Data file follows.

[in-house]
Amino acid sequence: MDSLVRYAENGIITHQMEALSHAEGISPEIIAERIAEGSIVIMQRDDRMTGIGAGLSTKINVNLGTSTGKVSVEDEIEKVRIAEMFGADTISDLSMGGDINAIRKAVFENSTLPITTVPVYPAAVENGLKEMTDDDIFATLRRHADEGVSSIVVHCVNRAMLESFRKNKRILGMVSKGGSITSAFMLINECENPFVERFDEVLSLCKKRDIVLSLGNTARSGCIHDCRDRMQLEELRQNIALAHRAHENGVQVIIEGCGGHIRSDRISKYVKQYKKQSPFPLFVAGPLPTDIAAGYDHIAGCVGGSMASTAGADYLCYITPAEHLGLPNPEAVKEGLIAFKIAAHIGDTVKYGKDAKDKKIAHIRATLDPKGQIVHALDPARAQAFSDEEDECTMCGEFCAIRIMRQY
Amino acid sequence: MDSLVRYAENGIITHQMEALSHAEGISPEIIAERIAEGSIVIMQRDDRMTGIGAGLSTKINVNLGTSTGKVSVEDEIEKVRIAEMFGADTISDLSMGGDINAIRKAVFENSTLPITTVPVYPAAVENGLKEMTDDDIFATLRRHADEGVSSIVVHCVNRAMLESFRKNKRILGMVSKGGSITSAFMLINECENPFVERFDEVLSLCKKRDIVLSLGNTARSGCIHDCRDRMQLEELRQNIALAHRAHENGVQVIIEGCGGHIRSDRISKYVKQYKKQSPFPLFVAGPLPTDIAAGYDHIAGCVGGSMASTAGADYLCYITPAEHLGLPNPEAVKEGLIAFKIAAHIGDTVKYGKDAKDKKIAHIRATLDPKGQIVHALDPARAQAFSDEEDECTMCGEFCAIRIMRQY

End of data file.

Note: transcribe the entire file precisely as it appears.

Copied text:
[in-house]
Amino acid sequence: MDSLVRYAENGIITHQMEALSHAEGISPEIIAERIAEGSIVIMQRDDRMTGIGAGLSTKINVNLGTSTGKVSVEDEIEKVRIAEMFGADTISDLSMGGDINAIRKAVFENSTLPITTVPVYPAAVENGLKEMTDDDIFATLRRHADEGVSSIVVHCVNRAMLESFRKNKRILGMVSKGGSITSAFMLINECENPFVERFDEVLSLCKKRDIVLSLGNTARSGCIHDCRDRMQLEELRQNIALAHRAHENGVQVIIEGCGGHIRSDRISKYVKQYKKQSPFPLFVAGPLPTDIAAGYDHIAGCVGGSMASTAGADYLCYITPAEHLGLPNPEAVKEGLIAFKIAAHIGDTVKYGKDAKDKKIAHIRATLDPKGQIVHALDPARAQAFSDEEDECTMCGEFCAIRIMRQY
Amino acid sequence: MDSLVRYAENGIITHQMEALSHAEGISPEIIAERIAEGSIVIMQRDDRMTGIGAGLSTKINVNLGTSTGKVSVEDEIEKVRIAEMFGADTISDLSMGGDINAIRKAVFENSTLPITTVPVYPAAVENGLKEMTDDDIFATLRRHADEGVSSIVVHCVNRAMLESFRKNKRILGMVSKGGSITSAFMLINECENPFVERFDEVLSLCKKRDIVLSLGNTARSGCIHDCRDRMQLEELRQNIALAHRAHENGVQVIIEGCGGHIRSDRISKYVKQYKKQSPFPLFVAGPLPTDIAAGYDHIAGCVGGSMASTAGADYLCYITPAEHLGLPNPEAVKEGLIAFKIAAHIGDTVKYGKDAKDKKIAHIRATLDPKGQIVHALDPARAQAFSDEEDECTMCGEFCAIRIMRQY